​Stressed about Picking an Oxidative Damage Assay?​

2017-07-13

Find the right biomarker to detect in your application

Oxidative stress can be evaluated directly by measuring reactive oxygen species (ROS), or indirectly by the associated damage to lipids, proteins, and nucleic acids that occurs upon overproduction of ROS. Oxidation of these macromolecules is a contributing factor toward the onset of aging, cancer, cardiovascular, and inflammatory diseases. Although direct measurement of ROS is ideal, the indirect methods are often relied on more heavily due to the relative stability of damage markers on biomolecules compared to the transient nature of ROS. As such, peer reviewers often request confirmation of oxidative stress by testing multiple oxidative stress markers either by assessing multiple markers on the same biomolecule (e.g., different markers of lipid peroxidation) or by examining one marker each on proteins, lipids, and nucleic acids. Assay selection is also often driven by sample type since some oxidative stress markers are more easily detected in certain biofluids, whereas others are more readily detected in cells and tissues. To help you determine which is best to use in your experimental system, here is a breakdown of the assay technology used to detect the most common oxidative damage biomarkers.​​

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ROS (and RNS)

The four electron reduction of oxygen to water occurs normally as part of metabolism. During this process, the formation of various ROS, including hydrogen peroxide (H2O2) and superoxide (O2•−), can occur to be used as cell signaling molecules, or as the result of metabolic dysfunction. Damage to cellular macromolecules occurs ​when uncontrolled oxidation stresses a biological system. Assays for ROS do not discern the source of ROS production (i.e., normal vs. disease state), but if the experimental model is under stress, an increase in ROS and alteration to molecular components is probable.

H2O2 is a relatively stable ROS that can be detected using fluorescent probes such as ADHP (10-acetyl-3,7-dihydroxy​​​phenoxazine) when coupled to a peroxidase. Assay specificity is improved significantly when an H2O2 scavenger, such as catalase, is included as a control. Xanthine oxidase (XO), the terminal enzyme of purine catabolism (hypoxanthine → xanthine → uric acid) in humans, is a critical source of ROS in several disease states. It produces both H2O2 and O2•− at a ratio of 4:1 at 21% O2 and pH 7.0.1 The activity of this enzyme can be measured by allowing XO to degrade hypoxanthine and capturing the H2O2 byproduct of this reaction via a probe like ADHP coupled to a peroxidase, such as HRP. Dihydroethidium (hydroethidine or DHE) is another widely used redox-sensitive probe that can be used directly in live cells. This probe is oxidized by O2•− to form 2-hydroxyethidium (ex 500-530 nm/em 590-620 nm) or by non-specific oxidation by H2O2 or other sources of ROS to form ethidium (ex 480 nm/em 576 nm).2,3 Note that the spectral range between 2-hydroxyethidium and ethidium is narrow, so O2•− can be distinguished from H2O2 with appropriate monochromator-based optical systems.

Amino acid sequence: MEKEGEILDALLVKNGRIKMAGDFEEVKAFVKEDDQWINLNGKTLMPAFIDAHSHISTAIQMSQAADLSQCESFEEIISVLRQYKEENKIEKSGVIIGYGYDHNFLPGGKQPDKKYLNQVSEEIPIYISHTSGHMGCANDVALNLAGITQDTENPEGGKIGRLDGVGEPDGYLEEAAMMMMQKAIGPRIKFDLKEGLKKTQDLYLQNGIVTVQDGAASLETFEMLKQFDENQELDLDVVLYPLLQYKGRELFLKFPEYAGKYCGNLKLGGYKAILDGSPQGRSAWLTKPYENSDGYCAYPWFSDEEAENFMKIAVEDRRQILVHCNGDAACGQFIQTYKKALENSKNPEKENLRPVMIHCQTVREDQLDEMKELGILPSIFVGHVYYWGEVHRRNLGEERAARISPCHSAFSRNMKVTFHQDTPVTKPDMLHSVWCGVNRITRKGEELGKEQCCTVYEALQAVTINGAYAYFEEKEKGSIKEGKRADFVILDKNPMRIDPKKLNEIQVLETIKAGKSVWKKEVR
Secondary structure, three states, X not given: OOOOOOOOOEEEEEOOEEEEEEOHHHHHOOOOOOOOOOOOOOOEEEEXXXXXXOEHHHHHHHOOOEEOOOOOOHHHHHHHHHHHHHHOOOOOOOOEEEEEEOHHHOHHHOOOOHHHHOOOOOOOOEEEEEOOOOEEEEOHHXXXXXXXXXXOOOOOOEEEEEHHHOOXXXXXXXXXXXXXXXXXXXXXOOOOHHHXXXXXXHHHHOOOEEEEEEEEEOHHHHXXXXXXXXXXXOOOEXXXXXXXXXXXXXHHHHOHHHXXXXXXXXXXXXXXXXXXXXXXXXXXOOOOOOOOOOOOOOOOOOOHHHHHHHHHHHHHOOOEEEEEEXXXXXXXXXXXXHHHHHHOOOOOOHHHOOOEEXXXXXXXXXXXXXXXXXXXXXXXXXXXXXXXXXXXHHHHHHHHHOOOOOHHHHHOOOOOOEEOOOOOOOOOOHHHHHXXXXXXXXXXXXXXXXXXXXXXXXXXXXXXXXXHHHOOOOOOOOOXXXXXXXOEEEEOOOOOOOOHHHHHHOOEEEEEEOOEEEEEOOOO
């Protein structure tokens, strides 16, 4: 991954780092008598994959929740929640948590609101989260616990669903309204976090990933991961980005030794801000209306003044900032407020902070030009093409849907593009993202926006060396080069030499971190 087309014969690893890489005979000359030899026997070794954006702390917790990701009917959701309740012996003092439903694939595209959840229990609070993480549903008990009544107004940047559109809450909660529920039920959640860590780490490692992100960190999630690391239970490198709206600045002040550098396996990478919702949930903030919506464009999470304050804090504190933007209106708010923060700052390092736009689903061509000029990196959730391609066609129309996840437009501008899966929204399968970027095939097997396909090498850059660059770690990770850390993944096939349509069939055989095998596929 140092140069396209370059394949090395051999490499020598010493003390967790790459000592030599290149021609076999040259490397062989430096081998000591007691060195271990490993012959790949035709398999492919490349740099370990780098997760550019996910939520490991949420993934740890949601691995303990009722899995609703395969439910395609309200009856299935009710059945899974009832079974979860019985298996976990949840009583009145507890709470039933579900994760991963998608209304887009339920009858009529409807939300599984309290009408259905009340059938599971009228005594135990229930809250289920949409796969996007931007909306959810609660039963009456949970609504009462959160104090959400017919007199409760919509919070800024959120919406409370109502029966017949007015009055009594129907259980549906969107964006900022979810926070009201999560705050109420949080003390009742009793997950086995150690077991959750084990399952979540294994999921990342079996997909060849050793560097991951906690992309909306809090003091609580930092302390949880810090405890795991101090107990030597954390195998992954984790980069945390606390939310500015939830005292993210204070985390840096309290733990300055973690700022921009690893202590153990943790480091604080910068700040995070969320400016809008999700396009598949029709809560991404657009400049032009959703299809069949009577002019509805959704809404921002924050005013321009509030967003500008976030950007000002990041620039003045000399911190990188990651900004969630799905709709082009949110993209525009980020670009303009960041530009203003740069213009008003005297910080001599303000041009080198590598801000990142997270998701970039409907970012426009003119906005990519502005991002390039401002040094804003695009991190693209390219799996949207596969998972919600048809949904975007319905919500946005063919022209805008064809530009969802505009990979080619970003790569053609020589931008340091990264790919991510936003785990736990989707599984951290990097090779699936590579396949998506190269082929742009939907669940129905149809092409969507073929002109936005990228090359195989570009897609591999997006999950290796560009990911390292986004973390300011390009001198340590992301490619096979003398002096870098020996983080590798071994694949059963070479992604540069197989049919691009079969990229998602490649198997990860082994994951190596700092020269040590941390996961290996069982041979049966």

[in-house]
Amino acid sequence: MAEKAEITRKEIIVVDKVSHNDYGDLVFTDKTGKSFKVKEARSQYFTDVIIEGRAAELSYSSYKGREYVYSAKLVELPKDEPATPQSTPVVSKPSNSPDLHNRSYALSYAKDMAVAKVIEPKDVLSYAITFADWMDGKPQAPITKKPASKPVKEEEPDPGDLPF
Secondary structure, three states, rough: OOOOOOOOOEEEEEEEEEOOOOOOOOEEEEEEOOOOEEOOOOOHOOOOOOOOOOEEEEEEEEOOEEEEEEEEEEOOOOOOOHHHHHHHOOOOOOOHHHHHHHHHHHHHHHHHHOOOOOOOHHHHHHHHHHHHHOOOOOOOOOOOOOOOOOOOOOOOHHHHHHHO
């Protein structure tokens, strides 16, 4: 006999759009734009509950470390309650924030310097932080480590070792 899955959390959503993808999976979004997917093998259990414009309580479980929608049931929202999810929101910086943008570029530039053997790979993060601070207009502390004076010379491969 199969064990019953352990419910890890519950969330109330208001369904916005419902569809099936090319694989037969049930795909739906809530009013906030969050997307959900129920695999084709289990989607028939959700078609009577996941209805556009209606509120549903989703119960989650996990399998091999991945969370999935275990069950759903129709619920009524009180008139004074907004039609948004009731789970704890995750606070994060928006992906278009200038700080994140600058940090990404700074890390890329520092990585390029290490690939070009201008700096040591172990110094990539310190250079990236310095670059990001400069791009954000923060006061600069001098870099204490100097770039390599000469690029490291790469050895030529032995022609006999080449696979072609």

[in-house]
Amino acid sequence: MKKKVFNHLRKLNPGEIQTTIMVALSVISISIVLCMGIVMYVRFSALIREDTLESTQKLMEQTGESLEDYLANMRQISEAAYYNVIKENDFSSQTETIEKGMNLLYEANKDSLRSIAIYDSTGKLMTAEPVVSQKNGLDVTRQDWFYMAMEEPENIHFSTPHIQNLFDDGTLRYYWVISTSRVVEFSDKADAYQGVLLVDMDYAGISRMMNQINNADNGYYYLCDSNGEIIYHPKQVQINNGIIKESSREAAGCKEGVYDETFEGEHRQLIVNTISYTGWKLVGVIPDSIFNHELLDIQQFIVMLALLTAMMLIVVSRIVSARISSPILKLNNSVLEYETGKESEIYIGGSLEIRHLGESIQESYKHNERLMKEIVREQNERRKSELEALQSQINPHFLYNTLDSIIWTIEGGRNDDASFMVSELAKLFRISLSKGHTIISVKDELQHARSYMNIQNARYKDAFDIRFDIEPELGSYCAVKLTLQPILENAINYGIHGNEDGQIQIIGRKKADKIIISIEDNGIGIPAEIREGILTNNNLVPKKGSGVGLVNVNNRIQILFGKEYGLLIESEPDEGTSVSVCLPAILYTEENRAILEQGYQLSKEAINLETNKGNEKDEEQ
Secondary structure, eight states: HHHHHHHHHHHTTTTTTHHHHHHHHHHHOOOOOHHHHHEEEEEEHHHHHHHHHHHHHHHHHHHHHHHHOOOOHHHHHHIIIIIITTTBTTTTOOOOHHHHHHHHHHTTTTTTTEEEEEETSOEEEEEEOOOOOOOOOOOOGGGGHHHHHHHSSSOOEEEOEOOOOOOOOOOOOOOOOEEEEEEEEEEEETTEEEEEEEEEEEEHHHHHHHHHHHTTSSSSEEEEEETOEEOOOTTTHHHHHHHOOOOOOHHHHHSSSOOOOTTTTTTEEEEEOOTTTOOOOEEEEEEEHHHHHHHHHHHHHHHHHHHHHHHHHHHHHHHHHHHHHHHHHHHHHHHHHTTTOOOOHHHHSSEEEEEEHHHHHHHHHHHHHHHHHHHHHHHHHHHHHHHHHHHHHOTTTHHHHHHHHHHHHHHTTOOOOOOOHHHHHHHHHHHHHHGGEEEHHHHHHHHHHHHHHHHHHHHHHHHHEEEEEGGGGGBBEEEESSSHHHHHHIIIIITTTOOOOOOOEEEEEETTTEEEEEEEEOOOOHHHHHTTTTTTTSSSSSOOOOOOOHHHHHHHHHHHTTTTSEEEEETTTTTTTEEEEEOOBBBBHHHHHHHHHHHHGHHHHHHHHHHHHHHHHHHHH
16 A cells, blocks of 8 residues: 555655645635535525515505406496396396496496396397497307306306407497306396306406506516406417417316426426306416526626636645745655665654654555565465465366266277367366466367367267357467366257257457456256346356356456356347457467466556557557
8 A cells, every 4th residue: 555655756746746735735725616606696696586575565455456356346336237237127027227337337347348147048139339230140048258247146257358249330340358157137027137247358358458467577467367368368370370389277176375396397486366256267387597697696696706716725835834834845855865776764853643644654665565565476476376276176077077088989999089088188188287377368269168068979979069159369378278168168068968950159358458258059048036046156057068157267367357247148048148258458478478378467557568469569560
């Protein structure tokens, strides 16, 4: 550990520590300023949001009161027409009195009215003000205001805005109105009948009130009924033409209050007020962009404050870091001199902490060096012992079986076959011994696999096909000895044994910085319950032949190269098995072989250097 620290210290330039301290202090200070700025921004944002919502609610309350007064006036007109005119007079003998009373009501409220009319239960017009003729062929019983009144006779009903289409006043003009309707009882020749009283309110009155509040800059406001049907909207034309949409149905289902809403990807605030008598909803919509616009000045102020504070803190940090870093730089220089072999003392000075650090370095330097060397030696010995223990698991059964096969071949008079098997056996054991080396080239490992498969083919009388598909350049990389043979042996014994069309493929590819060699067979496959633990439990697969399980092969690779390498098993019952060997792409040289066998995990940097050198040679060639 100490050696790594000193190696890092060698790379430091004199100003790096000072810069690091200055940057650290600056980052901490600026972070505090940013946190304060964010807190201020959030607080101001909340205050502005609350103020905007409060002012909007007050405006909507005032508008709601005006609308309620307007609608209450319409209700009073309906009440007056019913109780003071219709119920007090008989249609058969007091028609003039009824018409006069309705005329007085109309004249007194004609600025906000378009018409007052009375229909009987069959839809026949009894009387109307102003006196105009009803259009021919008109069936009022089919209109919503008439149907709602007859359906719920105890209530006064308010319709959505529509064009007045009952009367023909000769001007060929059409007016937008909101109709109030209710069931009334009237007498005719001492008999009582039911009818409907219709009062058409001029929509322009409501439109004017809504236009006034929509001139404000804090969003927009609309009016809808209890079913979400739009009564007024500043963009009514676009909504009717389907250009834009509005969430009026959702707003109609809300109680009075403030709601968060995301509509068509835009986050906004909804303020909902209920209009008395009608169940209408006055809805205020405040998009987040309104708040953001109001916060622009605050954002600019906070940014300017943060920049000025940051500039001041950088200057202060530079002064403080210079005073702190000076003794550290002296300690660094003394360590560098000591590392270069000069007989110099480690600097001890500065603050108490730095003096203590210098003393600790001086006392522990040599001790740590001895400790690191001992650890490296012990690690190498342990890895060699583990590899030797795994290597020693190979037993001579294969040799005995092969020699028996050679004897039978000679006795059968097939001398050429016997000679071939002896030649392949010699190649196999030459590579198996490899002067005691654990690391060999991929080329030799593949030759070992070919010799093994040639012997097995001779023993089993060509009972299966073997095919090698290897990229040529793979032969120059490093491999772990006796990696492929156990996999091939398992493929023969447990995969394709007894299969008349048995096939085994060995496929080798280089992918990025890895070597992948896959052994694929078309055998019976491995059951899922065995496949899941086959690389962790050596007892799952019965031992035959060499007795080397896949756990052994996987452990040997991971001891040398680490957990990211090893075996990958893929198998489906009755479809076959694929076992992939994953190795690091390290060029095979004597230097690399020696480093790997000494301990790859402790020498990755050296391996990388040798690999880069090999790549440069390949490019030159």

Reactive nitrogen species (RNS) are also produced during oxidative stress. High levels of O2•− and nitric oxide (NO), synthesized by nitric oxide synthase (NOS), can lead to the formation of peroxynitrite. NO itself also reacts with thiols and iron-sulfur enzymes, whereas peroxynitrite reacts with tyrosine residues to form nitrotyrosine. Nitrite (NO2) and nitrate (NO3) are end products of in vivo NO reactions whose total production can be detected using either Griess reagents or DAN.4,5 Because the relative proportion of NO2 and NO3 is variable, these assays first convert NO3 to NO2 using NADPH-dependent nitrate reductase. Subsequent reaction with Griess reagents or DAN, both of which only react with NO2, will determine a total concentration of NO2. Detection of NOS activity in tissues and cells can be accomplished by harnessing the NOS-driven conversion of a radiolabeled arginine to citrulline in the presence of the necessary factors (i.e., oxygen, FMN, FAD, NADPH+, calcium, calmodulin, and tetrahydrobiopterin). Alternatively, in vitro NOS activity can be detected using the chemistry of the Griess reaction once the excess NADPH added as a cofactor for NOS activity is removed using an oxidization step that is catalyzed by lactate dehydrogenase.

DNA/RNA Damage

Guanine is the base that is most prone to oxidation when DNA and RNA are damaged. The repair processes that are initiated to correct this damage release multiple oxidized guanine species into the urine. These species include the ribose-free base (8-hydroxyguanine), the nucleoside from RNA (8-hydroxyguanosine), and the deoxynucleoside from DNA (8-hydroxy-2’-deoxyguanosine). Historically, 8-hydroxy-2'-deoxyguanosine was the most accepted biomarker for oxidative damage to DNA, yet in recent years it has become increasingly understood that RNA damage markers should also be assessed. 8-Hydroxyguanosine is reported to be a better marker of age-related oxidant damage,6,7 and 8-hydroxyguanine is a better marker in certain cancer patients.8 Thus, assays that can detect multiple oxidized guanine species capture a more complete set of biologically relevant products of oxidative damage than do assays that are restricted to analysis of only one (e.g., 8-hydroxy-2'-deoxyguanosine).9

Protein Oxidation (and Nitration)